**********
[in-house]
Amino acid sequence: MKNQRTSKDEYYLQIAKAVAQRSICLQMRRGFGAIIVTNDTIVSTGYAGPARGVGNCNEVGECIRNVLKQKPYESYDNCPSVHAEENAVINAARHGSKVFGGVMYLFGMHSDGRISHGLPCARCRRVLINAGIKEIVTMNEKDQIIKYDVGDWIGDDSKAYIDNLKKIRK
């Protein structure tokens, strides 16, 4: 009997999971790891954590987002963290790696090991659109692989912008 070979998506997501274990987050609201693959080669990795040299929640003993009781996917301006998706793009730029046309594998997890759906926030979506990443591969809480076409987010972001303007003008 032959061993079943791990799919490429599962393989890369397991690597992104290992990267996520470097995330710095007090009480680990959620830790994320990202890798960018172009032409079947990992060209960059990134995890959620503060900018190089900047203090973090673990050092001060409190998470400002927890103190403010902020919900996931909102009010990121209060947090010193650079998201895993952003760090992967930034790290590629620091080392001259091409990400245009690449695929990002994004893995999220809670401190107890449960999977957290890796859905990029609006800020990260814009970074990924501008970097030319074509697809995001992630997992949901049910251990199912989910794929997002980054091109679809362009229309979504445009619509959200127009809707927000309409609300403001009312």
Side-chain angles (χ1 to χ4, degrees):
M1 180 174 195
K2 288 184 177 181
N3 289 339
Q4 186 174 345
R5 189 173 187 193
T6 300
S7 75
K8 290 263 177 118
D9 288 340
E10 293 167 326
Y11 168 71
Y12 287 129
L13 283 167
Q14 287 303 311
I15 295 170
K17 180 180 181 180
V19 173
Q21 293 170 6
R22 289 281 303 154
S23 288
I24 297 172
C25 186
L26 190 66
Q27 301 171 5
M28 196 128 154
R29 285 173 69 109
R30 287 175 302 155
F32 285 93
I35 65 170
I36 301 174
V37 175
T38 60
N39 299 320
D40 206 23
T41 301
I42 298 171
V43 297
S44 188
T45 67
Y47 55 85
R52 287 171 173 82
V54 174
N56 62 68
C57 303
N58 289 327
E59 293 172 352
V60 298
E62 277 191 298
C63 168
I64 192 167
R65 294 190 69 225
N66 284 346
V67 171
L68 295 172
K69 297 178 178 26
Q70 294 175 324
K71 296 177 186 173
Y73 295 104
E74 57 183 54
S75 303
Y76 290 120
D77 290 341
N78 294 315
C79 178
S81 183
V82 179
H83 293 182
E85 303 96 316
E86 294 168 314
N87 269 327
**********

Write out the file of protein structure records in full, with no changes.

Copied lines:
[in-house]
Amino acid sequence: MKNQRTSKDEYYLQIAKAVAQRSICLQMRRGFGAIIVTNDTIVSTGYAGPARGVGNCNEVGECIRNVLKQKPYESYDNCPSVHAEENAVINAARHGSKVFGGVMYLFGMHSDGRISHGLPCARCRRVLINAGIKEIVTMNEKDQIIKYDVGDWIGDDSKAYIDNLKKIRK
């Protein structure tokens, strides 16, 4: 009997999971790891954590987002963290790696090991659109692989912008 070979998506997501274990987050609201693959080669990795040299929640003993009781996917301006998706793009730029046309594998997890759906926030979506990443591969809480076409987010972001303007003008 032959061993079943791990799919490429599962393989890369397991690597992104290992990267996520470097995330710095007090009480680990959620830790994320990202890798960018172009032409079947990992060209960059990134995890959620503060900018190089900047203090973090673990050092001060409190998470400002927890103190403010902020919900996931909102009010990121209060947090010193650079998201895993952003760090992967930034790290590629620091080392001259091409990400245009690449695929990002994004893995999220809670401190107890449960999977957290890796859905990029609006800020990260814009970074990924501008970097030319074509697809995001992630997992949901049910251990199912989910794929997002980054091109679809362009229309979504445009619509959200127009809707927000309409609300403001009312």
Side-chain angles (χ1 to χ4, degrees):
M1 180 174 195
K2 288 184 177 181
N3 289 339
Q4 186 174 345
R5 189 173 187 193
T6 300
S7 75
K8 290 263 177 118
D9 288 340
E10 293 167 326
Y11 168 71
Y12 287 129
L13 283 167
Q14 287 303 311
I15 295 170
K17 180 180 181 180
V19 173
Q21 293 170 6
R22 289 281 303 154
S23 288
I24 297 172
C25 186
L26 190 66
Q27 301 171 5
M28 196 128 154
R29 285 173 69 109
R30 287 175 302 155
F32 285 93
I35 65 170
I36 301 174
V37 175
T38 60
N39 299 320
D40 206 23
T41 301
I42 298 171
V43 297
S44 188
T45 67
Y47 55 85
R52 287 171 173 82
V54 174
N56 62 68
C57 303
N58 289 327
E59 293 172 352
V60 298
E62 277 191 298
C63 168
I64 192 167
R65 294 190 69 225
N66 284 346
V67 171
L68 295 172
K69 297 178 178 26
Q70 294 175 324
K71 296 177 186 173
Y73 295 104
E74 57 183 54
S75 303
Y76 290 120
D77 290 341
N78 294 315
C79 178
S81 183
V82 179
H83 293 182
E85 303 96 316
E86 294 168 314
N87 269 327